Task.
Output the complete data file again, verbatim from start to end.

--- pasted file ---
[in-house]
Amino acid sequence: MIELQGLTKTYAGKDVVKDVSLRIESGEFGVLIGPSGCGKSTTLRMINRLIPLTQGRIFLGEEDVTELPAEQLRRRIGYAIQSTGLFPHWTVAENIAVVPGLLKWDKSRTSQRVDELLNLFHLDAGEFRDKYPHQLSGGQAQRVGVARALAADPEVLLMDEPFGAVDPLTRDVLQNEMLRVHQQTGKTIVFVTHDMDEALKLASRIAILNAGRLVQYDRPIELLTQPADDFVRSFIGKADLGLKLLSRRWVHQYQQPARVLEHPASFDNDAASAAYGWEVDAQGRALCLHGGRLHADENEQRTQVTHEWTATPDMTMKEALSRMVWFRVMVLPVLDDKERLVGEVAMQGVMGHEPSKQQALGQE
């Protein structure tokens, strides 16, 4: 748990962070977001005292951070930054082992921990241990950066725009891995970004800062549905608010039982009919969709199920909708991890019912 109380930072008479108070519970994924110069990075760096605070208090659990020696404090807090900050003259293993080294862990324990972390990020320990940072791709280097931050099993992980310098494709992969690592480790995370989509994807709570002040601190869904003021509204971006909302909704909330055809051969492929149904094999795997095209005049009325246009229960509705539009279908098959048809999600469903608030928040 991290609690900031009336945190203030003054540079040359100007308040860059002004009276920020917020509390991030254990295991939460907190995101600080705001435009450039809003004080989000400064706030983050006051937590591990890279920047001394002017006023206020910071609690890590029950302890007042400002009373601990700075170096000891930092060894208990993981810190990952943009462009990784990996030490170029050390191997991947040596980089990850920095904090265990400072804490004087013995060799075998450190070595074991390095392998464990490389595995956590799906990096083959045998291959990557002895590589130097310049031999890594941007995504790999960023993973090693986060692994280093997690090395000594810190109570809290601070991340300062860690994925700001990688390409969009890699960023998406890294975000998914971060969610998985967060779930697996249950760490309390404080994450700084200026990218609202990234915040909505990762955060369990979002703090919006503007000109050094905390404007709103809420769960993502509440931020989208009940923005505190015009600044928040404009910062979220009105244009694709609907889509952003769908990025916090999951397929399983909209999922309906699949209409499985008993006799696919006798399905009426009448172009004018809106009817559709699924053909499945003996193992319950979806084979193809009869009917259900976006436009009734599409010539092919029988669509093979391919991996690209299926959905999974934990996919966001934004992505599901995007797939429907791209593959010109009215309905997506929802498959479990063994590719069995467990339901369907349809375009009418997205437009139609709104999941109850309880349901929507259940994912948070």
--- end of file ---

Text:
[in-house]
Amino acid sequence: MIELQGLTKTYAGKDVVKDVSLRIESGEFGVLIGPSGCGKSTTLRMINRLIPLTQGRIFLGEEDVTELPAEQLRRRIGYAIQSTGLFPHWTVAENIAVVPGLLKWDKSRTSQRVDELLNLFHLDAGEFRDKYPHQLSGGQAQRVGVARALAADPEVLLMDEPFGAVDPLTRDVLQNEMLRVHQQTGKTIVFVTHDMDEALKLASRIAILNAGRLVQYDRPIELLTQPADDFVRSFIGKADLGLKLLSRRWVHQYQQPARVLEHPASFDNDAASAAYGWEVDAQGRALCLHGGRLHADENEQRTQVTHEWTATPDMTMKEALSRMVWFRVMVLPVLDDKERLVGEVAMQGVMGHEPSKQQALGQE
């Protein structure tokens, strides 16, 4: 748990962070977001005292951070930054082992921990241990950066725009891995970004800062549905608010039982009919969709199920909708991890019912 109380930072008479108070519970994924110069990075760096605070208090659990020696404090807090900050003259293993080294862990324990972390990020320990940072791709280097931050099993992980310098494709992969690592480790995370989509994807709570002040601190869904003021509204971006909302909704909330055809051969492929149904094999795997095209005049009325246009229960509705539009279908098959048809999600469903608030928040 991290609690900031009336945190203030003054540079040359100007308040860059002004009276920020917020509390991030254990295991939460907190995101600080705001435009450039809003004080989000400064706030983050006051937590591990890279920047001394002017006023206020910071609690890590029950302890007042400002009373601990700075170096000891930092060894208990993981810190990952943009462009990784990996030490170029050390191997991947040596980089990850920095904090265990400072804490004087013995060799075998450190070595074991390095392998464990490389595995956590799906990096083959045998291959990557002895590589130097310049031999890594941007995504790999960023993973090693986060692994280093997690090395000594810190109570809290601070991340300062860690994925700001990688390409969009890699960023998406890294975000998914971060969610998985967060779930697996249950760490309390404080994450700084200026990218609202990234915040909505990762955060369990979002703090919006503007000109050094905390404007709103809420769960993502509440931020989208009940923005505190015009600044928040404009910062979220009105244009694709609907889509952003769908990025916090999951397929399983909209999922309906699949209409499985008993006799696919006798399905009426009448172009004018809106009817559709699924053909499945003996193992319950979806084979193809009869009917259900976006436009009734599409010539092919029988669509093979391919991996690209299926959905999974934990996919966001934004992505599901995007797939429907791209593959010109009215309905997506929802498959479990063994590719069995467990339901369907349809375009009418997205437009139609709104999941109850309880349901929507259940994912948070």